Older blog entries for Rich (starting at number 9)

YAPC is as much (and for some folks, more!) about the social aspects as about the technical aspects. It is a community conference as much as it is a technical conference. It is therefore appropriate that I tell you about YAPC by telling you about the meals that I had while there.

Tuesday evening, I had dinner at The Olympia, a nice Greek place a few block from campus. I had a wonderful gyro and some retsina. We talked about software testing, the origins of retsina (no, it does *NOT* taste like pine sol, thank you very much) and the business practices of ISPs. In attendance were Deven Corzine and his brother Scott, Amagosa, Geoffeg, and Ken Rietz, all of whom, with the exception of Deven, had driven down together from Louisville. We also had some of the specialty of the house, fried cheese, presented at the table with great ceremony by setting it on fire. Flaming food is a Good Thing.

On Wednesday, I had dinner with a group of authors from the various subsidiaries of Pearson Education - formerly known as Macmillan Publishing. Why companies throw away name recognition has always been beyond me. Even when I did it myself. Among several other people, one of those present was Geoffrey Young, the author of mod_perl Developers' Cookbook. Now, I have been teaching mod_perl classes for some time. And I have been developing mod_perl applications for a while also. Geoff made me feel like I did not know much - which is to say, he was so completely knowledgeable about mod_perl that, by comparison, I felt like a beginner. His talk on Thursday was a great success in opening my eyes to some of the things that are possible with mod_perl.

Also present was Andy Lester, who talked about his ideas for a new book. This sparked a number of very interesting side-discussions, but I don't really think that I ever got a good idea of what he wanted to write about. We'll need to talk about that some day. Anyways, Andy wanted my module Apache::Perldoc to do something that seemed rather obvious in hindsite - rather than just generating the docs for any installed Perl module, it now is able to act as a content filter of sorts, converting .pod files to HTML on their way out to the client. Get the newest version!

Thursday evening, we headed out to Brent Michalski's house, where he grilled what seemed like a ENORMOUS amount of hamburgers for the 30 or so people that showed up, including the majority of the Perl 6 development team - Larry Wall, Damian Conway, Simon Cozens, Jarkko Hietaniemi, and many others. As the sun went down, we were treated to a show of the musical talent in the Perl community, with guitar, banjo, and electric guitar, and various people singing late into the night.

On Friday, about 20 of us went out for Thai food for lunch. This was really wonderful. Ordering for that many would have been a problem, so we just asked them to bring us a bunch of food. Which they did. And we ate, and ate, and ate, getting back just shortly before Damian's closing talk. Mmmmm. Thai::Food.

Then, Friday evening, I persuaded some folks to go with me to an Ethiopian restaraunt, which later got changed to a Vietnamese place, and, by the time we actually go there, a Welsh Pub. Um. OK. Quite a shift. But it was very good, and the company was fascinating. I sat by Nathan Torkington, Jon Orwant, Simon Cozens, and a plethora of other folks.

No summary of YAPC would be complete without mentioning Sarah Burcham, who did most of the work to pull it all together. Sarah is wonderful, and did an awesome job pulling this conference together. As she observed today, the most important thing is that the conference happens, not where, or how far apart the rooms are, or whether there are meals provided, but just that there is the meeting of minds.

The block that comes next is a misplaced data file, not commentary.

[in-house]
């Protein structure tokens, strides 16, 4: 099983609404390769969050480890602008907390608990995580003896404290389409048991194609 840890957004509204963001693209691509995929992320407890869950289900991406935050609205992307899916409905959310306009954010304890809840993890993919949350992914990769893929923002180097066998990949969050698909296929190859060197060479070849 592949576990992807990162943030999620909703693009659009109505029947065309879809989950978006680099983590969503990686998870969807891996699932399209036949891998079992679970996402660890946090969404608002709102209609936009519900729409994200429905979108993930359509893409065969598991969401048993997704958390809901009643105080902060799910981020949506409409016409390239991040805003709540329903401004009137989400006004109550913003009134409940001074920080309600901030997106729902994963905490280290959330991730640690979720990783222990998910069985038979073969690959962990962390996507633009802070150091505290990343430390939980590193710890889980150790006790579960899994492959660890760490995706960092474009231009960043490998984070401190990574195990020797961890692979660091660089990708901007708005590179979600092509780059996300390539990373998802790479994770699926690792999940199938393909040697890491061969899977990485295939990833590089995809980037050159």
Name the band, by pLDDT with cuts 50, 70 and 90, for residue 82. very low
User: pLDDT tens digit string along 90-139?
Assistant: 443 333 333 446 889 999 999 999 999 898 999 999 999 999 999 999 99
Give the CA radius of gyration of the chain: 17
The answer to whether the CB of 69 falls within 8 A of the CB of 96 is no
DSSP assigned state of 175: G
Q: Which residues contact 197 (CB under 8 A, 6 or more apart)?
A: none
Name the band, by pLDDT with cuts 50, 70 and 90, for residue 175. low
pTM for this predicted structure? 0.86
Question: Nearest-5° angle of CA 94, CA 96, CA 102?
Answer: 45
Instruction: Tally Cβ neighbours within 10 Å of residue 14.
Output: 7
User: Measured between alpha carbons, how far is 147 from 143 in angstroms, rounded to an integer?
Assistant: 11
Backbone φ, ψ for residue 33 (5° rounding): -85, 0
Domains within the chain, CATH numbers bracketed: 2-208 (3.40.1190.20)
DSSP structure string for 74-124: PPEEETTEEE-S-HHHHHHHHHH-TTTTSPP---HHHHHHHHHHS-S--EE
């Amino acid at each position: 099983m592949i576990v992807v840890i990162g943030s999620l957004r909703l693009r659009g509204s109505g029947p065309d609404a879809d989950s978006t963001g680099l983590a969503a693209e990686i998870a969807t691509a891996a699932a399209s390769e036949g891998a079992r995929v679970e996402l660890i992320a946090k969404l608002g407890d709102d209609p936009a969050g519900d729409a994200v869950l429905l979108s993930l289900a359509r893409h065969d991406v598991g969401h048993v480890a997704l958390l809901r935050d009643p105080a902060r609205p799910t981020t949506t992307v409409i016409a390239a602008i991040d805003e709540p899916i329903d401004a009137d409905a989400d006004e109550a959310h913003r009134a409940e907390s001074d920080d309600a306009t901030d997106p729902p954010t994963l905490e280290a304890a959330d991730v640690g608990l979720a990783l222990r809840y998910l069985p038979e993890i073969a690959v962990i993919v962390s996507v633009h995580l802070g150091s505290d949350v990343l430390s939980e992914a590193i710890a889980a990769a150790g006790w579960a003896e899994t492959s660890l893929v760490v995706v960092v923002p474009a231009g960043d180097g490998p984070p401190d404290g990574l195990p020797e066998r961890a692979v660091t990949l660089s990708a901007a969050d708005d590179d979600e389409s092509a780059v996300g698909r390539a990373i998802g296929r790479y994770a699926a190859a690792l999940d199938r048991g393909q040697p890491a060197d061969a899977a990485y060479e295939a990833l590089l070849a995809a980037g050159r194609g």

26 Jun 2002 (updated 26 Jun 2002 at 11:27 UTC) »

5am, first morning of YAPC

Sarah Burcham, the wonderful person that organized YAPC this year, got us in contact with an employee of the University who offered to have us crash at his place. Expecting something a little more ... well ... little, we discovered that it is a *beautiful* home just a few blocks from campus. Our host is very generous, making us feel very much at home, and even made us cookies (with his daughter) with our names on them!

Well, I'm awake because I'm on Eastern time, and also because one of our fellow-lodgers is snoring resoundingly from the next room. How can someone snore that loudly and still be able to talk the next day? Wow.

Today should be a good day. Some interesting talks lined up. I'll probably wait to a slightly more decent hour before getting up and getting a shower.

Photos at http://buglet.rcbowen.com/photos/2002/yapc/

This has clearly been the week for cluelessness, from NPR claiming that I need their permission to link to articles on their site, to ISS pretending that they could find their rear end with both hands and a flashlight. Can somebody point them in the direction of where the clues are kept?

I managed to get my conference presentations in on time, for both conferences. I'm doing two talks at the OReilly conference - Intro to Apache, and Migrating to Apache 2.0. I expect that I will end up making both papers quite a bit more verbose over the next month before the conference, but I am pretty happy with them as they are.

I also, last night, submitted 5 (yes, five) talks to the OReilly OSX Conference. I think it's the same 4 that I submitted to the OSSCon, plus the "Migrating to 2.0" talk that I've developed since then. There are two bad things that could happen. Either none of them get accepted, which would be bad, or all of them would be accepted, which would probably be worse. If 2 or 3 of them are accepted, I would be very happy. Of course, that would mean that I would have to locate an OSX machine somewhere. Although folks assure me that it is indistinguishable from BSD, I have my doubts about this.

Final item. This afternoon, I attended "ITEC" which was a technology conference/trade show in Louisville. It was sponsored by Intel and Gateway, and a lot of area tech businesses were there. I made a few good contacts there, and hopefully a couple of them will actually turn into something useful, like, say, paying work.